Saturday, January 16, 2021

The Joys and Tribulations of the 2020 Gardening Year

Midsummer 2020 in the Cottage Garden

It is time for me to reflect on the year that has been and to start planning for the gardening year ahead. It was a terrible year on many levels, but not in my garden; my garden was fabulous. Of course, 2020 brought pests, diseases (I'm referring to my plants not to the Pandemic,) weather disasters, mistakes made by this gardener, and losses of plants and, even worse, pets. The problems were outweighed, however, by the successes and the resulting beauty of it all. My garden sustained me; it gave me hope through the worst of times. So let's take a look at each season, celebrating the achievements and considering the lessons learned.
I had various winter projects, as always. For the first time, I grew paperwhites on pebbles. Not a total success as I had the water level too high and some of the bulbs rotted. I also found that the strong smell of the flowers was unpleasant to me. So I am only showing you the amarylis that I am growing on pebbles this winter. Both are doing well.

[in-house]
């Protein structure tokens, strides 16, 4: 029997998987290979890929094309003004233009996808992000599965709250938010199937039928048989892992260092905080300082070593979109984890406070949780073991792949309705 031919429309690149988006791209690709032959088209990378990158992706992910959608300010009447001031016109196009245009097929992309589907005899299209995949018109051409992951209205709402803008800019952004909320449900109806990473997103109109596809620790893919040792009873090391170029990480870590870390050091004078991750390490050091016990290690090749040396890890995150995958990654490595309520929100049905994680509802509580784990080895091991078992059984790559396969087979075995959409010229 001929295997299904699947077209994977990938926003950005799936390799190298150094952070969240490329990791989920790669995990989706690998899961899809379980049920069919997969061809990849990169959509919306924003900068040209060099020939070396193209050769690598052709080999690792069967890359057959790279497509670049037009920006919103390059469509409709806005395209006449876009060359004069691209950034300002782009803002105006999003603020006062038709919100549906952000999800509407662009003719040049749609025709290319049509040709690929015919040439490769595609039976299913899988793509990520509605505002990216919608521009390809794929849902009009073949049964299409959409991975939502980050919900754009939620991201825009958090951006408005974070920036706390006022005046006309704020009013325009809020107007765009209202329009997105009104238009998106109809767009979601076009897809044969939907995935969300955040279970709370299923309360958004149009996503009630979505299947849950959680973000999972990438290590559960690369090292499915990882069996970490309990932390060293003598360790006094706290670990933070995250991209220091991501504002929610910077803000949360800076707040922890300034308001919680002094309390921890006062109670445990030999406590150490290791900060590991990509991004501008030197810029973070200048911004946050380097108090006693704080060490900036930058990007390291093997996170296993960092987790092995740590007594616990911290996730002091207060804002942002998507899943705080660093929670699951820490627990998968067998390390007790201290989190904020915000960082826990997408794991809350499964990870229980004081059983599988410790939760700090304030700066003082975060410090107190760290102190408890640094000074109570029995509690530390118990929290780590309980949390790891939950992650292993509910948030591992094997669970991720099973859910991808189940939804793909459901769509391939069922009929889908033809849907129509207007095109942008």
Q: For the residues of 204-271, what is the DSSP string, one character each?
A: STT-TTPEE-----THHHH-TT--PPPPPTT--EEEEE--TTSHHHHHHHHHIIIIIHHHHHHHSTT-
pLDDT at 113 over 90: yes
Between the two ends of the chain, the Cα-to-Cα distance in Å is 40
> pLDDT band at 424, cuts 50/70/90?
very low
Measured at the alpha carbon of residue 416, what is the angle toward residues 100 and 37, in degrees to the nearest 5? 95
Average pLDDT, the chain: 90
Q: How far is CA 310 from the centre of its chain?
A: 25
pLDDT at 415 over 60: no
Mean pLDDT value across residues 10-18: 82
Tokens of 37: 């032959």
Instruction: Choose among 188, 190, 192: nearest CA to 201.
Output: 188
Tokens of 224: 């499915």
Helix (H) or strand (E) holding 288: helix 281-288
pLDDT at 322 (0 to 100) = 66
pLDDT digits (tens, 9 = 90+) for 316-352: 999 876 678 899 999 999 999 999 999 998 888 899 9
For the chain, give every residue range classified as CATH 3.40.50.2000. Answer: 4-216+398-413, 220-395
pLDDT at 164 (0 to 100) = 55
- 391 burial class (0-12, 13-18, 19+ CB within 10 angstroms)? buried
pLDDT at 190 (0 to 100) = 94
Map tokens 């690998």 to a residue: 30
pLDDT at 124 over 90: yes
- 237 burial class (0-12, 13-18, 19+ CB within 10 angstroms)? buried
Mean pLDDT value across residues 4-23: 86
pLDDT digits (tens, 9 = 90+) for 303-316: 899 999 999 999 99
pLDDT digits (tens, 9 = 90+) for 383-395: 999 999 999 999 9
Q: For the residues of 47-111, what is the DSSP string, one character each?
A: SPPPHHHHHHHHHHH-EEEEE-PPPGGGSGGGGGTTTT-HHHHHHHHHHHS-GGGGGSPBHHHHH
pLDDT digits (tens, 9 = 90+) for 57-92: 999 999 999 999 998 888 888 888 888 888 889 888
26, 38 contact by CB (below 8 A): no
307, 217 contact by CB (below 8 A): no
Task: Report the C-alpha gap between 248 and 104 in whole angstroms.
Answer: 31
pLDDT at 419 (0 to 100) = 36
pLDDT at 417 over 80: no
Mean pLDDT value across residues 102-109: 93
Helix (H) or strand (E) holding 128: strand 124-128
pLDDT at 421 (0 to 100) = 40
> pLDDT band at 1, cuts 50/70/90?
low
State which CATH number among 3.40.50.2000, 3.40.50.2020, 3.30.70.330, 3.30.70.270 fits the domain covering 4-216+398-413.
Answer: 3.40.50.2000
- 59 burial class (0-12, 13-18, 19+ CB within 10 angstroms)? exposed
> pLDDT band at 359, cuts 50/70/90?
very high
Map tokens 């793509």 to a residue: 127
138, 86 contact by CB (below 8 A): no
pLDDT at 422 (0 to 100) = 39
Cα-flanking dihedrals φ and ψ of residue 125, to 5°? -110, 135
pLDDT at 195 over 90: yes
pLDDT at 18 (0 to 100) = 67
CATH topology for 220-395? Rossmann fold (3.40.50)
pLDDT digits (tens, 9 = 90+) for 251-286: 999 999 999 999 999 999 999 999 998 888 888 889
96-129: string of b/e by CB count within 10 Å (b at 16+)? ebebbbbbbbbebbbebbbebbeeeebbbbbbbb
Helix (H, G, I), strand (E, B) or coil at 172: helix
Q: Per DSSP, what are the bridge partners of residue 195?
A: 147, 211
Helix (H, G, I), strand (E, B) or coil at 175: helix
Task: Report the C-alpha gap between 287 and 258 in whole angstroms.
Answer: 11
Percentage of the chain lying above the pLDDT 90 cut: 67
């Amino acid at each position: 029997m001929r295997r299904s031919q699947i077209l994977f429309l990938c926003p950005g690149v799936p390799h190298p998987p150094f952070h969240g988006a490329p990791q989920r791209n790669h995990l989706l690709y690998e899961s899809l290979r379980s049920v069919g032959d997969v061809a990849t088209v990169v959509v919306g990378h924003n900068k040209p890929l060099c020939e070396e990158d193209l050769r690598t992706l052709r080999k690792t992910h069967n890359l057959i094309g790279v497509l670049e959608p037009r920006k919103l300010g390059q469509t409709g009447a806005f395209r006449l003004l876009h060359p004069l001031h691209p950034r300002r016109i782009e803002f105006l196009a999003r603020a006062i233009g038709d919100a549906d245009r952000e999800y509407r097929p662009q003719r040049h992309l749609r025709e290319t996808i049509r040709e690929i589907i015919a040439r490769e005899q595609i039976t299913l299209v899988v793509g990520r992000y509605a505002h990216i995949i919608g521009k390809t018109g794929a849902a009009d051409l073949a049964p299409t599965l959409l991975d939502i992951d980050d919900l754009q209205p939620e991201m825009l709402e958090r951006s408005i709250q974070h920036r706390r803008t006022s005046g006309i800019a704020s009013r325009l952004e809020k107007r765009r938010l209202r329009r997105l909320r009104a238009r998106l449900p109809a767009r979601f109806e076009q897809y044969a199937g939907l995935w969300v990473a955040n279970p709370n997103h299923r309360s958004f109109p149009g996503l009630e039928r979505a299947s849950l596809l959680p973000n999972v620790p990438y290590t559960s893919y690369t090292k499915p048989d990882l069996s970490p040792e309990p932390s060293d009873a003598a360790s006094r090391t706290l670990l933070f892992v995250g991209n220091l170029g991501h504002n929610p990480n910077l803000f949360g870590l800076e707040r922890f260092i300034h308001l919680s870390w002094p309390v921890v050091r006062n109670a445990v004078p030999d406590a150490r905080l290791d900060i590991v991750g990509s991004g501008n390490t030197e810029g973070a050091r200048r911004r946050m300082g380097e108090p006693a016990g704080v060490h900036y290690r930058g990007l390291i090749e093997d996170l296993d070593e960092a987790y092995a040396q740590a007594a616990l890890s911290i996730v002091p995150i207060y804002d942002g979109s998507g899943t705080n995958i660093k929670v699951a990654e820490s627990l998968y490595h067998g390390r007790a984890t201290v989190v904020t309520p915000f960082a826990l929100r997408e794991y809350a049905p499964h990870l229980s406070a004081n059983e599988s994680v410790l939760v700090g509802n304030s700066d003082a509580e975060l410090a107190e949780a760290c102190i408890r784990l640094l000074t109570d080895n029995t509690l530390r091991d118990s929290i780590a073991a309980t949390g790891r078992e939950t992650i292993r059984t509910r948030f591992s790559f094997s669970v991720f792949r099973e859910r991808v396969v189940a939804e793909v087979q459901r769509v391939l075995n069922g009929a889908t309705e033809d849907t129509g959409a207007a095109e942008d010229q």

I learned from last year and I'm not allowing these amarylis bulbs to sit in water.

Another winter activity, as always, was to watch the backyard birds. I was thrilled to see bluebirds return. I took part in the Great Backyard Bird Count in February and look forward to this year's event. I'm giving it a shout out at the end of this posting. 

I enjoyed a large variety of birds on the feeder and heated water dish all winter. Bluebirds are my favorite.
In March, the 2020 Philadelphia Flower Show, with its Mediterranean theme, was one of my favorites. Attending the show had become an annual event, greatly anticipated by Duane and me. We traveled there by train and stayed overnight at a hotel in the show's locale. As with many events, COVID has caused mayor changes this year. The show will be held at an outside venue at a later date.  I'm not sure how that will work for us, so for the first time, I'm not buying tickets in advance. But wonderful memories of last year's show.
The Philadelphia Flower Show in March was my last big outing before the lockdown.

Spring flowers bloomed early after a mild winter. A late-April frost, however, took the buds on the weeping redbud and on hostas.
Hellebores and daffodils bloomed early in 2020.

I was anxious for Duane to open the pond so that I could see how our newly-acquired frog spitter looked. It exceeded my expectations. After all, we named the pond Froggy Pond some years back. Unfortunately, we had trouble with hawks and herons taking the fish and frogs this time. We added some decoys as both birds are territorial: a fake heron and an owl. They seemed to do the trick. We successfully repaired a leak in the pond -- I'm proud of that!